President Barack Obama’s administration has spent years working behind the scenes to build international support for a global agreement to cut carbon dioxide emissions, but the Paris climate deal is essentially a step backward in the fight against global warming.
“The announcement of a final climate deal from Paris is no more significant to the United States than the Kyoto Protocol announcement 18 years ago,” Oklahoma Republican Sen. [crscore]Jim Inhofe[/crscore] said Saturday of the United Nations deal touted by the Obama administration.
On Saturday, nearly 200 countries signed an agreement to cut CO2 emissions with the goal of keeping future global warming below 2 degrees Celsius. Obama touts the agreement as “the best chance we have to save the one planet that we’ve got.”
What the president left out, however, is the U.N. deal is based on voluntary participation and is virtually unenforceable.
“In contrast to the Kyoto Protocol, the Paris deal removes all legal obligations for governments to cap or reduce CO2 emissions,” says Dr. Benny Peiser, director of the U.K-based Global Warming Policy Foundation. “This voluntary agreement also removes the mad rush into unrealistic decarbonisation policies that are both economically and politically unsustainable.”
“As seasoned observers predicted, the Paris deal is based on a voluntary basis which allows nations to set their own voluntary CO2 targets and policies without any legally binding caps or international oversight,” Peiser says.
The U.N.’s hyped conference in Paris was held so delegates could hash out a successor to the Kyoto Protocol — a legally-binding global warming treaty signed in 1997 and brought into force in 2005. Rich countries that signed the treaty are obligated to reduce CO2 emissions, but poor ones that signed on are not obligated to cut emissions.
The fact that developing countries like China and India aren’t required to cut emissions under Kyoto caused several major countries to abandon the agreement. Paris is supposed to rectify that, but instead resulted in countries simply volunteering to cut emissions with no legal mechanism to hold them accountable.
The White House deliberately chose to base a successor agreement to the Kyoto Protocol on voluntary pledges — a legally-binding treaty will require Senate approval and a Republican-controlled Congress will certainly shoot down a U.N. climate treaty.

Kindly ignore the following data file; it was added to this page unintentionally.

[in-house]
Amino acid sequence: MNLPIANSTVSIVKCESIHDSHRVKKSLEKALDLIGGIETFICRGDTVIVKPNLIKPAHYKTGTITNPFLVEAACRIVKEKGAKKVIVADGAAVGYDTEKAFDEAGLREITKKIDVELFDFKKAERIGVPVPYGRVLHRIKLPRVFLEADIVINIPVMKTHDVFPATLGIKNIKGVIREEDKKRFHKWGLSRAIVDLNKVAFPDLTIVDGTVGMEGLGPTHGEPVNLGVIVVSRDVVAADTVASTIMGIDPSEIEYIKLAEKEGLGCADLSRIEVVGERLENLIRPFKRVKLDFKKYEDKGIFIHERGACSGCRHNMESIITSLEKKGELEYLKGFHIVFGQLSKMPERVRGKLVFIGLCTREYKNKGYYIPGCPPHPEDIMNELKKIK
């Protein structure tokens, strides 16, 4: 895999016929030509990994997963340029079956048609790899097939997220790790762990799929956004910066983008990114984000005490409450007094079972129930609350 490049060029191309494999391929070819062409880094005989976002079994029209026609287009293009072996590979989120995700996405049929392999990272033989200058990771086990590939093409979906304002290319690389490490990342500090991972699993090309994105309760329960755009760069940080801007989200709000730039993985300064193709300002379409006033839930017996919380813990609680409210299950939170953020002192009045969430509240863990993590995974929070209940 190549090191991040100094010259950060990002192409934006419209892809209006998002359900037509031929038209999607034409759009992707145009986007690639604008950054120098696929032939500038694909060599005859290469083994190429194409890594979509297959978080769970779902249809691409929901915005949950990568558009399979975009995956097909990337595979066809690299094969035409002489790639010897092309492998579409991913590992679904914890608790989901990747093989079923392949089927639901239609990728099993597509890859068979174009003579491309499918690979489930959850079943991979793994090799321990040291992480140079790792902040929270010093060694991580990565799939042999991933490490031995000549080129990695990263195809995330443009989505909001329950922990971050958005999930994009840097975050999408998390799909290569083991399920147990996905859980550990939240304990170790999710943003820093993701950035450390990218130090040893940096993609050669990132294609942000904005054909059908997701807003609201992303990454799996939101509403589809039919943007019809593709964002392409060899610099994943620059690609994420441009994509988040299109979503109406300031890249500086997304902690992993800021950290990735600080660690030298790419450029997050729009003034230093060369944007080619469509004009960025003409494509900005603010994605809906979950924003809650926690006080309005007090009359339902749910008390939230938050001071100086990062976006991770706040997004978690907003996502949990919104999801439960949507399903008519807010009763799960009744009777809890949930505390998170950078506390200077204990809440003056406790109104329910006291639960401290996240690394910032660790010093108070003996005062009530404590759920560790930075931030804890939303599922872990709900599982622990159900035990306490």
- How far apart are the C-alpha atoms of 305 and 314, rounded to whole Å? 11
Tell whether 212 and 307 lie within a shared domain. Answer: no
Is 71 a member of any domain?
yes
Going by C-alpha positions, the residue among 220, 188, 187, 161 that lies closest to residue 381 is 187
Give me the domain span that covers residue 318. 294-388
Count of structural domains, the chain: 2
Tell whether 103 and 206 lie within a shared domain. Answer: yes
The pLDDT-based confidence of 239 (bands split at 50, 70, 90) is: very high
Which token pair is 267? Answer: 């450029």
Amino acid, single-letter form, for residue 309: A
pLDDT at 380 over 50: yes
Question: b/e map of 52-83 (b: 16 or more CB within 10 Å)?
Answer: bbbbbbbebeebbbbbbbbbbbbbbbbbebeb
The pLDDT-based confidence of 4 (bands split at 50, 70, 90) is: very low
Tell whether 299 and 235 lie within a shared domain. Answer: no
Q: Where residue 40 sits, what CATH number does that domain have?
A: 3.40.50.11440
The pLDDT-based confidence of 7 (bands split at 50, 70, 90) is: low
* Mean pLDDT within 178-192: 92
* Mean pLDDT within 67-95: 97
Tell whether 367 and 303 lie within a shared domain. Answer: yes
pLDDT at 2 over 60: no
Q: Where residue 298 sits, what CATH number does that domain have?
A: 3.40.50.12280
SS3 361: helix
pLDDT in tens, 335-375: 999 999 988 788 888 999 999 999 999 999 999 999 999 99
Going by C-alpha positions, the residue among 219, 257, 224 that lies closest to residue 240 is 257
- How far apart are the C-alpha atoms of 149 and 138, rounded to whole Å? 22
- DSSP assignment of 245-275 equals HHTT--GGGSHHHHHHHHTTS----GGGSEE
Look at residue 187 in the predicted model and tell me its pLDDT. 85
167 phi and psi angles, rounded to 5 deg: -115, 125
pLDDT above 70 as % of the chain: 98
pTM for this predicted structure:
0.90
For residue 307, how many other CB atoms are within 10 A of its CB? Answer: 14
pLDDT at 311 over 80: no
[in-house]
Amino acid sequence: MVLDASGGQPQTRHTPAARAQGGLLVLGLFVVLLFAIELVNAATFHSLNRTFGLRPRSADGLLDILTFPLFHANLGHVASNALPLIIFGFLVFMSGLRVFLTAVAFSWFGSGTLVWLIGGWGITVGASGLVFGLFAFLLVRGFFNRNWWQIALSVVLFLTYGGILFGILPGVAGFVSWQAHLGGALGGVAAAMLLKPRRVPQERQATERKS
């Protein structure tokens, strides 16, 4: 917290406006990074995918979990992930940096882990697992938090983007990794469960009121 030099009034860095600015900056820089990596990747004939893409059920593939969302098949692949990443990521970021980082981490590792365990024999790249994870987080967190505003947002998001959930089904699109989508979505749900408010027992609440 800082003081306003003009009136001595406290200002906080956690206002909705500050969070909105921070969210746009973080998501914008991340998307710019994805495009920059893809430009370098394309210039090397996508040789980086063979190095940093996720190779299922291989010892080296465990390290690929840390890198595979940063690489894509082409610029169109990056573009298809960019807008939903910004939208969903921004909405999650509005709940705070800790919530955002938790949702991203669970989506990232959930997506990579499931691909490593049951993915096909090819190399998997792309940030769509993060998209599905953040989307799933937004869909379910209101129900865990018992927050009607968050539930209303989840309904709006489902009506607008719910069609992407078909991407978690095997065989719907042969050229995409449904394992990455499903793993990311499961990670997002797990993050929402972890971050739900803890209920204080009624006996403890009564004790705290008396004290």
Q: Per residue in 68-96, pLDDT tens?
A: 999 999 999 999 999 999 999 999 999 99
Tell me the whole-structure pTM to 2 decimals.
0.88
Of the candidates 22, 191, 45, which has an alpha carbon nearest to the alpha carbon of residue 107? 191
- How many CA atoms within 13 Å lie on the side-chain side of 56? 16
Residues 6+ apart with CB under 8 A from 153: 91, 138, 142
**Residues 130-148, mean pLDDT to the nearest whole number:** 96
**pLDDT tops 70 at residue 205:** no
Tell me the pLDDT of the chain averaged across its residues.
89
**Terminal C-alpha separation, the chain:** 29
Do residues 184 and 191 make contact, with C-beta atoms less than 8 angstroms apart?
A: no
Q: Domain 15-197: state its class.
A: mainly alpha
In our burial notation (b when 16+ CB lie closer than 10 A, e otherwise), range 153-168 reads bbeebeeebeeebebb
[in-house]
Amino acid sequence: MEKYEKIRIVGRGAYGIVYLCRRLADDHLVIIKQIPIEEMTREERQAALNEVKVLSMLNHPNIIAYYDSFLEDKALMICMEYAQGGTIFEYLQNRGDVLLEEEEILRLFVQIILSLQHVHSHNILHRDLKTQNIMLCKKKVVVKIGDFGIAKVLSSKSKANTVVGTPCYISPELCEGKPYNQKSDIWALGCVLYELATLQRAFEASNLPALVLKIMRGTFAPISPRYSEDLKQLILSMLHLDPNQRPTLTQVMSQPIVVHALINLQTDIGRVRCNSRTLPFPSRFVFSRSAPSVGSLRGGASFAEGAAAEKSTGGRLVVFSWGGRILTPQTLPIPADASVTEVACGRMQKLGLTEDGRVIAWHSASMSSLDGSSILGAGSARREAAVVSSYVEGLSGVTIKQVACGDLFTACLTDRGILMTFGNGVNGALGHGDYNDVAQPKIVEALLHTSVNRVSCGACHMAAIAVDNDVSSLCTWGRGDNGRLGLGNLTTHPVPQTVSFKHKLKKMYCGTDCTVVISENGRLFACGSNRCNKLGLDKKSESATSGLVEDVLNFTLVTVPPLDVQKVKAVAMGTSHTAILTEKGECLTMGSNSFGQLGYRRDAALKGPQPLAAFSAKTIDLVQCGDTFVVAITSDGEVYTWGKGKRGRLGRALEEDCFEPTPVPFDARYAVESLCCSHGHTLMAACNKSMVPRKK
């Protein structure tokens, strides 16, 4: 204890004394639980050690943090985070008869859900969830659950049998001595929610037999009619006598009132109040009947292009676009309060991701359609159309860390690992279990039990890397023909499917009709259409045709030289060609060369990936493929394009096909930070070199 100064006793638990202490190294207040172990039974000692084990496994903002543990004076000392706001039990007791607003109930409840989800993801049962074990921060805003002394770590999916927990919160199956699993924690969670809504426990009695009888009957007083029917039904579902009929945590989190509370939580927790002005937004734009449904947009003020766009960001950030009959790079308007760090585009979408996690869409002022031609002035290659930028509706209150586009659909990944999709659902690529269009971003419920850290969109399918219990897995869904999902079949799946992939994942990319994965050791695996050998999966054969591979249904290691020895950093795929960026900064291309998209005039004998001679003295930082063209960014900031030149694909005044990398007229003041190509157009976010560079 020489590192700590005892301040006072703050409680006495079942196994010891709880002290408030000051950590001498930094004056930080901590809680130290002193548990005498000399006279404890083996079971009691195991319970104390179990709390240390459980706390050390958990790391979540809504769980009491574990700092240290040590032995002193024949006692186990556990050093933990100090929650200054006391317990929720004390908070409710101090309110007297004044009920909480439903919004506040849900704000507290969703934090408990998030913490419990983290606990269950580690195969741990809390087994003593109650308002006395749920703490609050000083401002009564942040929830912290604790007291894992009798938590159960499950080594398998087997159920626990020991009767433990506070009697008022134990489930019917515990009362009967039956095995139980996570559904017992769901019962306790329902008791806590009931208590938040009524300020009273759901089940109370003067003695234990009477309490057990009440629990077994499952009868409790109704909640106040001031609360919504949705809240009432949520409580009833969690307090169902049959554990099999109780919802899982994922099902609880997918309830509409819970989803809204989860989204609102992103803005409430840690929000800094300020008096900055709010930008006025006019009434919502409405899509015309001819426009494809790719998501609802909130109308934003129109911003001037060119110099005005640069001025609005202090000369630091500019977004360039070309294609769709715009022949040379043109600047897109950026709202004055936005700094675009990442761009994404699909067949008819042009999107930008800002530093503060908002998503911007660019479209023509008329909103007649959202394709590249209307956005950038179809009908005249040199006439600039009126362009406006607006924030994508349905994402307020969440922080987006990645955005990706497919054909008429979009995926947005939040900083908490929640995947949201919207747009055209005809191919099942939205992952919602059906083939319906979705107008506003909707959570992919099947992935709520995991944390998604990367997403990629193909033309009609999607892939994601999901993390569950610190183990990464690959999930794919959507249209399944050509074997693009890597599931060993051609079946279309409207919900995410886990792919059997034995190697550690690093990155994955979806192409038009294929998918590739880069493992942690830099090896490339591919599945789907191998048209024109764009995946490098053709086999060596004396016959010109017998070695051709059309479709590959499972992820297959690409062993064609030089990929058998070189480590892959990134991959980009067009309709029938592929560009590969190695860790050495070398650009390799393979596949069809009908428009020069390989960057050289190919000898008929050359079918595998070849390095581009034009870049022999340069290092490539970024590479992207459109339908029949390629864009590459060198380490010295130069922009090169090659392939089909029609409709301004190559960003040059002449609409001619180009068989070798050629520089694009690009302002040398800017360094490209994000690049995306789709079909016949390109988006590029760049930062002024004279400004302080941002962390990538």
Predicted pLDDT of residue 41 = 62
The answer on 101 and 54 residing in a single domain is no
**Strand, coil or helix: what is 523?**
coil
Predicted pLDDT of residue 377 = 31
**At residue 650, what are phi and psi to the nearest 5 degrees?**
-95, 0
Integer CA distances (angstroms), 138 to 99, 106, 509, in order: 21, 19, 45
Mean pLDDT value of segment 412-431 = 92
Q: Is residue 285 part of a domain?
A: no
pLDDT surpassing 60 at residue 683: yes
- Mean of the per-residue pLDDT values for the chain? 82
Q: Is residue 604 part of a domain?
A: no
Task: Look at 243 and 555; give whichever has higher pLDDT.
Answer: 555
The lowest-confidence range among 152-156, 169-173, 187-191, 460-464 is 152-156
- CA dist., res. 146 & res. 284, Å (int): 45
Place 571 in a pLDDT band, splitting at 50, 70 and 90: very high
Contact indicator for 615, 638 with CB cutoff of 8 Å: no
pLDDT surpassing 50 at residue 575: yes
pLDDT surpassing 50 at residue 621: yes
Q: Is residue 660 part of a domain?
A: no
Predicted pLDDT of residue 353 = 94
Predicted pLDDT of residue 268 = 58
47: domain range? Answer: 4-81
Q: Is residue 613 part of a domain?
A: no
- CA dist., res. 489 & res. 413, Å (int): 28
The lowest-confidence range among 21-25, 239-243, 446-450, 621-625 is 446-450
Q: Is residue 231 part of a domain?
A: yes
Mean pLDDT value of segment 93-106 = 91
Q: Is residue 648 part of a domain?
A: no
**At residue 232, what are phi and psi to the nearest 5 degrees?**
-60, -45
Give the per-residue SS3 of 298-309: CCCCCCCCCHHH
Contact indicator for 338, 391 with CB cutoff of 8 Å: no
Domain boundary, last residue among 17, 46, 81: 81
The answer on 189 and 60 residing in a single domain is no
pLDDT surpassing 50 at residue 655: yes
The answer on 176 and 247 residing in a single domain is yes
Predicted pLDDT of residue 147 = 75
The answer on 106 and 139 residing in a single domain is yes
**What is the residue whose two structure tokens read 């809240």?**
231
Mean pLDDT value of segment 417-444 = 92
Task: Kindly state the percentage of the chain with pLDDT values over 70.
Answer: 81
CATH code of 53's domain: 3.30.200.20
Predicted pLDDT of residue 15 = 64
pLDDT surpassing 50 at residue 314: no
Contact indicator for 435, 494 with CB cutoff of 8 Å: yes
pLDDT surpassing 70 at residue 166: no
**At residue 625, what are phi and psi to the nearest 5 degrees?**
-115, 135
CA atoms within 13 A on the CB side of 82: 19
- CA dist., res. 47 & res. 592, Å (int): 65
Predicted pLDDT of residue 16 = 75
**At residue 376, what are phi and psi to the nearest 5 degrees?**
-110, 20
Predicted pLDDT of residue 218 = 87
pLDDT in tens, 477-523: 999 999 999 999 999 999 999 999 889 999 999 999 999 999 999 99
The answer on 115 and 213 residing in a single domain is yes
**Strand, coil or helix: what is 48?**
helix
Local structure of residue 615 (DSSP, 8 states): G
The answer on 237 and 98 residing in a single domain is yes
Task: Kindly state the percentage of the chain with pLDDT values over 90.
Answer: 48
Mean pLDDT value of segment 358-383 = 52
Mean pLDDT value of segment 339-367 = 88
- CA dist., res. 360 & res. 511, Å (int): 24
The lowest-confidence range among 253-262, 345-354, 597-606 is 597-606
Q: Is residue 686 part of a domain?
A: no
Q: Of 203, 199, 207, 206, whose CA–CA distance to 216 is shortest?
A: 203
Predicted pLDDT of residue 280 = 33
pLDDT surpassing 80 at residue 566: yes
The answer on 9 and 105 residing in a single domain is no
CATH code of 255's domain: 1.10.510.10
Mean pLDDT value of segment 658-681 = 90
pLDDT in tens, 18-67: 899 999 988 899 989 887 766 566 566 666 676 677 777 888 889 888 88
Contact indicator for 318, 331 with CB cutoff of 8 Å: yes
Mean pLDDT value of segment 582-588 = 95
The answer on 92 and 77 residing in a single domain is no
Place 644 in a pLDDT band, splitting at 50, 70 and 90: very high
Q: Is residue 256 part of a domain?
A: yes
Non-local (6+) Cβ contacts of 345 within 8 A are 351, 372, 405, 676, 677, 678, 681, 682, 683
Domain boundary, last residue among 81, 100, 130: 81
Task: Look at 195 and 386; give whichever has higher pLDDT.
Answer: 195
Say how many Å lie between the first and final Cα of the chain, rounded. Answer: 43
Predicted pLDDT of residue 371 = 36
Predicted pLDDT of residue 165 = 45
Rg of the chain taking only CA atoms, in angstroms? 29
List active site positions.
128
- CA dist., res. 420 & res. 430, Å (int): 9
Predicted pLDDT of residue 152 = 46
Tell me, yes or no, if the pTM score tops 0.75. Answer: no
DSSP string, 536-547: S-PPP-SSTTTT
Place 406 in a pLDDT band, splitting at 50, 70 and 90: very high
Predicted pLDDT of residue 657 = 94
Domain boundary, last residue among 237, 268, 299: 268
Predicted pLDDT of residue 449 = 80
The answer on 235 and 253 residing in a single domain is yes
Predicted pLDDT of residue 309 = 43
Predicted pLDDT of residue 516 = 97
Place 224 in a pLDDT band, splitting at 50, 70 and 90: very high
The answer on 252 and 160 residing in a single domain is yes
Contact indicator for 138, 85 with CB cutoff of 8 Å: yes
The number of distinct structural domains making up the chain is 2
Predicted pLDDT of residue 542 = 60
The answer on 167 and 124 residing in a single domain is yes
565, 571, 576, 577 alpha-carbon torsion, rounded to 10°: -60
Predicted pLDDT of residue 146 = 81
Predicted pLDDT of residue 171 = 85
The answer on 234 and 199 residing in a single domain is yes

“Senate leadership has already been outspoken in its positions that the United States is not legally bound to any agreement setting emissions targets or any financial commitment to it without approval by Congress,” Inhofe said.
Obama also needed pledges from China and India, the world’s first- and third-largest CO2 emitters, to show he has the support of large, developing economies in his fight against global warming. Without China or India’s consent, it will be politically impossible for countries to sign a deal that would suffer the same pitfalls as Kyoto.
“This approach – where countries set non-binding targets for themselves – paved the way for 187 mitigation contributions this year and will form the basis for a long-term, durable system to ratchet down emissions,” according to a White House statement.
China pledged to “peak” CO2 emissions by 2030 and increase green energy use, but the country hasn’t promised to make any concrete cuts to emissions. India’s pledge to cut emissions is contingent upon getting $2.5 trillion from rich countries to finance green energy production.
The U.S., however, pledges to cut emissions 26 to 28 percent by 2025. But Obama’s plan for steep CO2 emissions cuts may be undone by Congress or the courts. Republican lawmakers passed legislation to repeal Environmental Protection Agency regulations limiting CO2 from power plants. Twenty-seven states are suing the EPA over these rules as well.
“What is significant for the United States is that we can expect the administration to cite this ‘agreement’ as their excuse for establishing emission targets for every sector of the U.S. economy not only including utilities, but petroleum refining, all manufacturing, agriculture, and others,” Inhofe said.
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